Young Shoppers Think They Know Best

Level of frustration seen with sales staff

November 21, 2017

Bad news for retailers: Younger shoppers generally think they know better than the retail staffers trying to help them.

A worldwide survey by Zebra Technologies found that a majority of internet users ages 20 to 36 think they have access to better information than store staff and can find information more quickly by using their smartphones than by asking for sales help. 

Meanwhile, while 55% of respondents in that age range also think that store apps are easier to use than asking for help, even more (59%) say that web searches are more informative than store websites.

Older shoppers were significantly less likely to feel they were better off using personal technology than asking for help in stores. 

But the questions seemed to elicit a sense of frustration with traditional sales help among the younger shoppers. One bit of good news for retailers is that more than half of the younger shoppers said they have a better experience in stores where sales assistants "use the latest technology."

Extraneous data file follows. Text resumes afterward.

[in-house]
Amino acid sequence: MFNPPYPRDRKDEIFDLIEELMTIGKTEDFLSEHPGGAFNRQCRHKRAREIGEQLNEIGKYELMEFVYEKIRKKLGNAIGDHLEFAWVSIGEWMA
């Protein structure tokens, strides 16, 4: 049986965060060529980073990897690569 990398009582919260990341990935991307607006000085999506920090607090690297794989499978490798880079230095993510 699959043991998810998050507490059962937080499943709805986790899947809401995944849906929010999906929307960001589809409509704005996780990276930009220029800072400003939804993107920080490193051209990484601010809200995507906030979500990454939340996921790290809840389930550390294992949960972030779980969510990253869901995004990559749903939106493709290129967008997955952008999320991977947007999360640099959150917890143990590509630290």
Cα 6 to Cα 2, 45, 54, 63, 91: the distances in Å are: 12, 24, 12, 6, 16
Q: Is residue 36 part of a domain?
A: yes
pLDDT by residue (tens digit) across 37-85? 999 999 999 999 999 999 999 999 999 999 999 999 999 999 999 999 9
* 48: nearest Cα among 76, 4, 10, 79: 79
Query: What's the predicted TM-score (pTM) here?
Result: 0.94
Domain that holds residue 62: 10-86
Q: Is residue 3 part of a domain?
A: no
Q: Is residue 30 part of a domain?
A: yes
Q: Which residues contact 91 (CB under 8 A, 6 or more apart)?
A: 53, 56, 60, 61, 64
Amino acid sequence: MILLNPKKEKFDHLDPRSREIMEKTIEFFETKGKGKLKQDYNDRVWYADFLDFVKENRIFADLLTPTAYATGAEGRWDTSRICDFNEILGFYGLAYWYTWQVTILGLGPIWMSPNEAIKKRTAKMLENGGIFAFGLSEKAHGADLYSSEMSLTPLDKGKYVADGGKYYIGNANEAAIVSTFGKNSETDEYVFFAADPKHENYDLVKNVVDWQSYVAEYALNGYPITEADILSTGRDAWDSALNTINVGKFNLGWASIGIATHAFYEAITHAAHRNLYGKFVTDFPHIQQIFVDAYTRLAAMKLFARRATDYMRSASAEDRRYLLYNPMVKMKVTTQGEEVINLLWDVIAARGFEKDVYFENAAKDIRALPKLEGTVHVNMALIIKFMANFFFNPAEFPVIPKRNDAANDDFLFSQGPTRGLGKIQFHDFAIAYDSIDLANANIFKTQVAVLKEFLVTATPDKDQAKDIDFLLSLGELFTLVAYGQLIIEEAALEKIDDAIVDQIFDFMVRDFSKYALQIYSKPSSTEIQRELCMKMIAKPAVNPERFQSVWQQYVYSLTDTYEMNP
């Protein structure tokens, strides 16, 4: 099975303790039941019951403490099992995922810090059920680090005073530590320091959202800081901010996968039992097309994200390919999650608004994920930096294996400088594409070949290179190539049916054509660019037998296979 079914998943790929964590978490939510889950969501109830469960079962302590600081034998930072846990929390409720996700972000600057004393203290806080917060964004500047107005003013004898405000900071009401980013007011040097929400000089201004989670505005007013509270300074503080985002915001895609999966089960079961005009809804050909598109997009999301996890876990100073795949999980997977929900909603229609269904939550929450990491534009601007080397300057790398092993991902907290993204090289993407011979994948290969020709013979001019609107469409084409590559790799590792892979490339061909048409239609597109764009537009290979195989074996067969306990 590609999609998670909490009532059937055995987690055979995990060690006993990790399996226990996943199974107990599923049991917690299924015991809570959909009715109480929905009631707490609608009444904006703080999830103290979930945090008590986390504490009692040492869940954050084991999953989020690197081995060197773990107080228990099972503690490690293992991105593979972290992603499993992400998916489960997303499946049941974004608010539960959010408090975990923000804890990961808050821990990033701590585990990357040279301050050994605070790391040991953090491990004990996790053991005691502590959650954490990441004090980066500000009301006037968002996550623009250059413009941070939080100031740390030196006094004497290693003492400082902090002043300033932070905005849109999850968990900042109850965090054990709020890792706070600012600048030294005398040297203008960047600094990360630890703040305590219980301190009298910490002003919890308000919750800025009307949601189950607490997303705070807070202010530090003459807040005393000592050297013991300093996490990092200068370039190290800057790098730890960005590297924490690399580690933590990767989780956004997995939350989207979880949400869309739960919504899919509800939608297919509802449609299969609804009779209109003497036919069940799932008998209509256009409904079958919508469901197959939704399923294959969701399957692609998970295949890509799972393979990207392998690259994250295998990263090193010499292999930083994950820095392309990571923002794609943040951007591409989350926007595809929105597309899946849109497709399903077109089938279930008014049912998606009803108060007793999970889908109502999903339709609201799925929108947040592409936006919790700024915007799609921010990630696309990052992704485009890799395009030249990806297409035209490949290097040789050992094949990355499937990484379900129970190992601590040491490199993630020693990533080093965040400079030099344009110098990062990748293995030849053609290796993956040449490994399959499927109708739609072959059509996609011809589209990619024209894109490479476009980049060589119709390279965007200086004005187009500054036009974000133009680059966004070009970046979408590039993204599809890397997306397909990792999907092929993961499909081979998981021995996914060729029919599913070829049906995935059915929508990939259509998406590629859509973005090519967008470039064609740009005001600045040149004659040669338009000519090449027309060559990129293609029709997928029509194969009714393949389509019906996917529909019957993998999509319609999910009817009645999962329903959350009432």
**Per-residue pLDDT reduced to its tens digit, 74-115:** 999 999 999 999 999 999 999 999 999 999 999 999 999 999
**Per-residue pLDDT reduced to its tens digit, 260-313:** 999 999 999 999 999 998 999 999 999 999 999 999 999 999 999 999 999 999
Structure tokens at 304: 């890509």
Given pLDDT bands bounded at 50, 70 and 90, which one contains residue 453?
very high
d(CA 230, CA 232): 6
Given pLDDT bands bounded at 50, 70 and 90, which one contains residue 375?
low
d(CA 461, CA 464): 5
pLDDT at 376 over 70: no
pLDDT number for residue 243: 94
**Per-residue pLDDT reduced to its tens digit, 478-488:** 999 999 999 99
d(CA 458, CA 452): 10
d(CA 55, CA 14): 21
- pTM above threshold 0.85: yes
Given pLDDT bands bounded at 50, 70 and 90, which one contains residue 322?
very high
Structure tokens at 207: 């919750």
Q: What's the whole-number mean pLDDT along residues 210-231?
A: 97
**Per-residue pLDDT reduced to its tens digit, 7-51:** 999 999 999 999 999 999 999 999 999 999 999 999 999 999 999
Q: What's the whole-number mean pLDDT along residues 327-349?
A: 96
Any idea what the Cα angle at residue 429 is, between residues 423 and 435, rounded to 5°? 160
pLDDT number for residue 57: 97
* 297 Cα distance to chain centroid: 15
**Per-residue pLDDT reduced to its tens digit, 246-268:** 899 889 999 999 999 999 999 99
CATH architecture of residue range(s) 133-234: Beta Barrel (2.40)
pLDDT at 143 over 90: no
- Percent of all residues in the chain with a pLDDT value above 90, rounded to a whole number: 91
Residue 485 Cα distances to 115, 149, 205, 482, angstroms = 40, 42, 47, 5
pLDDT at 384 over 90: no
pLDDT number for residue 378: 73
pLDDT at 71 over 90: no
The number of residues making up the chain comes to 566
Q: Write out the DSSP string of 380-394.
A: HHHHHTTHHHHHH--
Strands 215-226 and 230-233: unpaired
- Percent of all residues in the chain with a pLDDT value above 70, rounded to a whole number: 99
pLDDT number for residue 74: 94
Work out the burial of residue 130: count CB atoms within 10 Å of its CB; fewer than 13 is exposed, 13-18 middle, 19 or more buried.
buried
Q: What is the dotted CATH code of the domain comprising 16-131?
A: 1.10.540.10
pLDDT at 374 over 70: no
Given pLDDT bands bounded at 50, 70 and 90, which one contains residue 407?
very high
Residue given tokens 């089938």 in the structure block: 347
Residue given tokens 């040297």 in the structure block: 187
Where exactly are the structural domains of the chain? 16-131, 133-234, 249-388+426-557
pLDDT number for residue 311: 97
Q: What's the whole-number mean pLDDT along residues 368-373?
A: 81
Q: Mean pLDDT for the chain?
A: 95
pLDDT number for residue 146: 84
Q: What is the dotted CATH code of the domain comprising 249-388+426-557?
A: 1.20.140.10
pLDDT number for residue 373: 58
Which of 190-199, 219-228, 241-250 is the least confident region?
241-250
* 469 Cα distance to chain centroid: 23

Overall, about two-thirds of the respondents said they were at least somewhat satisfied with the general in-store shopping experience. Zebra said that in-store dissatisfaction has fallen from the 2000s but has risen in the past few years, which it blamed on retail underinvestment "amid rising shopper expectations."

Among US retail staffers who have access to company-issued mobile devices, the tasks performed are fairly straightforward, according to a September 2017 Tulip Retail survey. Nearly three-quarters of respondents use the devices to access product catalogs and product information, the survey found. 

While 35% of those polled said they use the devices to communicate with customers, only 13% said they use them to learn more about customers and their purchases.


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